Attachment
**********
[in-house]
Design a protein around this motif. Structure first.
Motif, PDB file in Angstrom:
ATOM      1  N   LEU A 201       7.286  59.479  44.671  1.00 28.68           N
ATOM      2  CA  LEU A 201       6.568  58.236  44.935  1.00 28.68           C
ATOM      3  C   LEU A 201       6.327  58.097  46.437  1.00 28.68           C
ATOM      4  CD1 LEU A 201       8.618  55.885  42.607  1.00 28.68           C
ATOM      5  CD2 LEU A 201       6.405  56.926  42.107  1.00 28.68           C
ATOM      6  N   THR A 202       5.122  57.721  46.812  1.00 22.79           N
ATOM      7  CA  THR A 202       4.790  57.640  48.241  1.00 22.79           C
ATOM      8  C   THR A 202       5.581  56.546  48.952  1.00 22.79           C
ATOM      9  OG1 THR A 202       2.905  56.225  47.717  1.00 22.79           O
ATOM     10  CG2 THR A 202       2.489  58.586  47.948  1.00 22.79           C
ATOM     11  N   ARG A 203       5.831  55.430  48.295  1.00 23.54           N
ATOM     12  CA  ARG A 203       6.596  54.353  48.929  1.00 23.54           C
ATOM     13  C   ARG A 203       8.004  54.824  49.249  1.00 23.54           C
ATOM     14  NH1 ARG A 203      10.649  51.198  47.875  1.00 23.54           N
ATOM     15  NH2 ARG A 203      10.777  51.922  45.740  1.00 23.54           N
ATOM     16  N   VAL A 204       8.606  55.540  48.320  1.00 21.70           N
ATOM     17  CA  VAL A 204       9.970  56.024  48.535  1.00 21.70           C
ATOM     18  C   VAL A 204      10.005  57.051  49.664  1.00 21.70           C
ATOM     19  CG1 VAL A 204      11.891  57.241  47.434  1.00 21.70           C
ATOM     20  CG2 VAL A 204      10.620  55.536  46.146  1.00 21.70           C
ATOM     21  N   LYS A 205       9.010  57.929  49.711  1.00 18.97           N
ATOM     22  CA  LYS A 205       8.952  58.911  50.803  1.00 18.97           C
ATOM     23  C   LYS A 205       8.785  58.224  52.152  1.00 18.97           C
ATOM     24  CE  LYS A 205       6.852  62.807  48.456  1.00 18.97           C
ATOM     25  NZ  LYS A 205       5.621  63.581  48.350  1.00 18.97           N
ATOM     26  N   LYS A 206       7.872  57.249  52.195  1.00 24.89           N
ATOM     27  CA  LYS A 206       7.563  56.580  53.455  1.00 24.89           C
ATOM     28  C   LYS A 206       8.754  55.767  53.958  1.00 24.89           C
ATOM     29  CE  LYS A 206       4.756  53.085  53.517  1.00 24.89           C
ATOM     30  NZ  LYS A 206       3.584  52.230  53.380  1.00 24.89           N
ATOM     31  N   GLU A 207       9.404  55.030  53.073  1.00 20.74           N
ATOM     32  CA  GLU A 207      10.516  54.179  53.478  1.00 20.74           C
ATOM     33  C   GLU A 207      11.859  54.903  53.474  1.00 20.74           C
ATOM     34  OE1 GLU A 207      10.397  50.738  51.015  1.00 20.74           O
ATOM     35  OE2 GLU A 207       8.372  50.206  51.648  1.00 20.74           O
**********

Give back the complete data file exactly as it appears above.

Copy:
[in-house]
Design a protein around this motif. Structure first.
Motif, PDB file in Angstrom:
ATOM      1  N   LEU A 201       7.286  59.479  44.671  1.00 28.68           N
ATOM      2  CA  LEU A 201       6.568  58.236  44.935  1.00 28.68           C
ATOM      3  C   LEU A 201       6.327  58.097  46.437  1.00 28.68           C
ATOM      4  CD1 LEU A 201       8.618  55.885  42.607  1.00 28.68           C
ATOM      5  CD2 LEU A 201       6.405  56.926  42.107  1.00 28.68           C
ATOM      6  N   THR A 202       5.122  57.721  46.812  1.00 22.79           N
ATOM      7  CA  THR A 202       4.790  57.640  48.241  1.00 22.79           C
ATOM      8  C   THR A 202       5.581  56.546  48.952  1.00 22.79           C
ATOM      9  OG1 THR A 202       2.905  56.225  47.717  1.00 22.79           O
ATOM     10  CG2 THR A 202       2.489  58.586  47.948  1.00 22.79           C
ATOM     11  N   ARG A 203       5.831  55.430  48.295  1.00 23.54           N
ATOM     12  CA  ARG A 203       6.596  54.353  48.929  1.00 23.54           C
ATOM     13  C   ARG A 203       8.004  54.824  49.249  1.00 23.54           C
ATOM     14  NH1 ARG A 203      10.649  51.198  47.875  1.00 23.54           N
ATOM     15  NH2 ARG A 203      10.777  51.922  45.740  1.00 23.54           N
ATOM     16  N   VAL A 204       8.606  55.540  48.320  1.00 21.70           N
ATOM     17  CA  VAL A 204       9.970  56.024  48.535  1.00 21.70           C
ATOM     18  C   VAL A 204      10.005  57.051  49.664  1.00 21.70           C
ATOM     19  CG1 VAL A 204      11.891  57.241  47.434  1.00 21.70           C
ATOM     20  CG2 VAL A 204      10.620  55.536  46.146  1.00 21.70           C
ATOM     21  N   LYS A 205       9.010  57.929  49.711  1.00 18.97           N
ATOM     22  CA  LYS A 205       8.952  58.911  50.803  1.00 18.97           C
ATOM     23  C   LYS A 205       8.785  58.224  52.152  1.00 18.97           C
ATOM     24  CE  LYS A 205       6.852  62.807  48.456  1.00 18.97           C
ATOM     25  NZ  LYS A 205       5.621  63.581  48.350  1.00 18.97           N
ATOM     26  N   LYS A 206       7.872  57.249  52.195  1.00 24.89           N
ATOM     27  CA  LYS A 206       7.563  56.580  53.455  1.00 24.89           C
ATOM     28  C   LYS A 206       8.754  55.767  53.958  1.00 24.89           C
ATOM     29  CE  LYS A 206       4.756  53.085  53.517  1.00 24.89           C
ATOM     30  NZ  LYS A 206       3.584  52.230  53.380  1.00 24.89           N
ATOM     31  N   GLU A 207       9.404  55.030  53.073  1.00 20.74           N
ATOM     32  CA  GLU A 207      10.516  54.179  53.478  1.00 20.74           C
ATOM     33  C   GLU A 207      11.859  54.903  53.474  1.00 20.74           C
ATOM     34  OE1 GLU A 207      10.397  50.738  51.015  1.00 20.74           O
ATOM     35  OE2 GLU A 207       8.372  50.206  51.648  1.00 20.74           O